}

// ...

Of course this only works if you want to control only the text in the combo box. If you want to change other aspects (such as the background or the icon), you will still need to provide your own renderer and some people may prefer to change the renderer instead. Next, we will have a look at the Static Delegate and the Refreshing Delegate renderers and how they help to produce a consistent looking combo box.

The Static Delegate Renderer

This renderer works by creating a custom renderer that translates the object into text and uses an original renderer to render the contents. In using this approach, it will appear as if the original renderer was being used. This is how the renderer is created and implemented:

public void installRenderer(JComboBox<Fruit> comboBox) {
    final ListCellRenderer<? super Object> original = new JComboBox<Object>()
            .getRenderer();
    comboBox.setRenderer(new ListCellRenderer<Fruit>() {

        public Component getListCellRendererComponent(
                JList<? extends Fruit> list, Fruit value,
                int index, boolean isSelected, boolean cellHasFocus) {

            return original.getListCellRendererComponent(list,
                    nameOf(value), index, isSelected, cellHasFocus);
        }
    });
}

This approach works in cases where the renderer is created and set after the look and feel is set and does not change. In one of the above screenshots the renderer produces an inconsistent look, but it was produced by starting the application with a Windows look and feel and then was changed to Substance. This happens because the combo box’s UI class provides Substance’s renderer, which chooses to render its contents differently to the standard ones. However, if the demo was modified to start with Substance instead, then Static Delegate will delegate to a Substance renderer:

The Refreshing Delegate Renderer

The Refreshing Delegate solves the problem of the changing look and feel by updating the delegate renderer when ever the look and feel is changed:

public class DelegatingRenderer implements ListCellRenderer<Fruit> {

	// ...
	public static void install(JComboBox<Fruit> comboBox) {
		DelegatingRenderer renderer = new DelegatingRenderer(comboBox);
		renderer.initialise();
		comboBox.setRenderer(renderer);
	}

    // ...
	private final JComboBox<Fruit> comboBox;

	// ...
	private ListCellRenderer<? super Object> delegate;

	// ...
	private DelegatingRenderer(JComboBox<Fruit> comboBox) {
		this.comboBox = comboBox;
	}

	// ...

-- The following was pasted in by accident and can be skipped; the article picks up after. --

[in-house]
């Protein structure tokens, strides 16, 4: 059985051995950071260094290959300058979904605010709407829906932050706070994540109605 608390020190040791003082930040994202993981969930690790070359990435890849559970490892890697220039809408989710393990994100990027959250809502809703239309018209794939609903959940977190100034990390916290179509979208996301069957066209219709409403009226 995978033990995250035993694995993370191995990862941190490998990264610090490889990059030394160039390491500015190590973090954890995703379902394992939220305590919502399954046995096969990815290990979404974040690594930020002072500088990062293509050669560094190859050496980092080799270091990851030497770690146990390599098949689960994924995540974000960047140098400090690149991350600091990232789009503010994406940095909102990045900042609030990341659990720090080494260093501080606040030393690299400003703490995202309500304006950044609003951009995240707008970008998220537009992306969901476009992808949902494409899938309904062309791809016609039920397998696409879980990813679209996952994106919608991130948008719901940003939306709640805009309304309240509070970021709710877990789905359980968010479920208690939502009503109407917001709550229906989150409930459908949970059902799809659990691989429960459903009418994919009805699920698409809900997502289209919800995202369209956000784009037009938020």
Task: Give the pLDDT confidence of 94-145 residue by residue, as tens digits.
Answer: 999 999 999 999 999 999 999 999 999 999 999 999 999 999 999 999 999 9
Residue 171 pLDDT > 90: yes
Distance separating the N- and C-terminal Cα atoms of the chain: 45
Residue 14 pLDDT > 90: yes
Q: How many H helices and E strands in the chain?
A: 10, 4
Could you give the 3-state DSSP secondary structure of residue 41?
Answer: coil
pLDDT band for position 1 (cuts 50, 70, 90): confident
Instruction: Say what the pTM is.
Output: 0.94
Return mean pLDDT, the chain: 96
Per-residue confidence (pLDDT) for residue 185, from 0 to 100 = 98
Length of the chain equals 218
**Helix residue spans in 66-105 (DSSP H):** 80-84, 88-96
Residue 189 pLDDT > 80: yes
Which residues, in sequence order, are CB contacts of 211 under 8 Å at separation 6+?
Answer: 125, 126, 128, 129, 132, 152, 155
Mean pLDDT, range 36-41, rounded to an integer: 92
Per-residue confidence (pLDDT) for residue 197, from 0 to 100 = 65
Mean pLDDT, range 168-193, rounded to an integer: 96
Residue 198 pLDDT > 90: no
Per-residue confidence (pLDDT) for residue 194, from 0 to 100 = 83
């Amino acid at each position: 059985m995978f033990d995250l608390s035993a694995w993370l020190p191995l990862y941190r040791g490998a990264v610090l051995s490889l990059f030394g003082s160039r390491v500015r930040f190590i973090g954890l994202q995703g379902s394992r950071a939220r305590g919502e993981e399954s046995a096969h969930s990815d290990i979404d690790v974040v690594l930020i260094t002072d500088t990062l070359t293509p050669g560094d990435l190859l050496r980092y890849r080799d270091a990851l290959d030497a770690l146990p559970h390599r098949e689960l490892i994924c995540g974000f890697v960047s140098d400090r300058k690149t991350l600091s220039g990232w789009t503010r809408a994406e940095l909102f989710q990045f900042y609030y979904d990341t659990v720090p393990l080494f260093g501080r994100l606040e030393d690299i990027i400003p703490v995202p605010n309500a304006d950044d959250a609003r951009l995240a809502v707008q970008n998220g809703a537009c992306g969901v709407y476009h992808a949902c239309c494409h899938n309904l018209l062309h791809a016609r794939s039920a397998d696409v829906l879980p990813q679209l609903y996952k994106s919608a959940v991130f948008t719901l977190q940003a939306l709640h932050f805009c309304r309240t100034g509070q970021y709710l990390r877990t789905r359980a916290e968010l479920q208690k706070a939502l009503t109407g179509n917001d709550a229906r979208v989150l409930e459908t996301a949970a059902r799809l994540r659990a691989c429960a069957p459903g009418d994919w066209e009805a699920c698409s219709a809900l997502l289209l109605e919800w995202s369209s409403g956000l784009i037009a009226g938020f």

private void initialise() {
		delegate = new JComboBox<Object>().getRenderer();
		comboBox.addPropertyChangeListener("UI", new PropertyChangeListener() {

			public void propertyChange(PropertyChangeEvent evt) {
				delegate = new JComboBox<Object>().getRenderer();
			}
		});
	}

	// ...
	public Component getListCellRendererComponent(JList<? extends Fruit> list,
			Fruit value, int index, boolean isSelected, boolean cellHasFocus) {

		return delegate.getListCellRendererComponent(list, value.getName(),
				index, isSelected, cellHasFocus);
	}
}

The PropertyChangeListener listens for changes to the UI property. This is property that is fired when the new combo box’s UI is set (which is what happens when changing the look and feel). When triggered, it simply updates the delegate. In doing so, it will ensure that combo box will appear as if the renderer had not been changed and can also be reused, without modification, in another application that may have a different look and feel.

2 Responses to [Java] Getting Combo Box Renderers to Look Consistent with Other Combo Boxes

  1. martin says:

    Wow… this is really nice 🙂 I have a custom ComboBox using a custom renderer. Until now i had to maintain 2 versions of the listcellrenderer: one extended DefaultListCellRenderer (for metal, windows, motif… l’n’f), the other extended SubstanceDefaultListCellRenderer, plus a RendererFactory to provide the correct renderer for the combobox.
    Using the delegate is so much more elegant, not only because i can throw away the double-implementation for the renderer, but more so because i can get rid of the RendererFactory, making the ComboBox portable to any future project i might come up with.
    And i had similar problems with some tablecellrenderers where the delegate-solution might come in handy, too 😉
    Think i need to rework quite a bit of code…

  2. Chris L. says:

    Great suggestion and works well for me, thanks. It’s worth mentioning that the code examples are written for Java 7, which supports a generic (i.e., parameterizable) version of JComboBox. This means you need Eclipse Juno or later.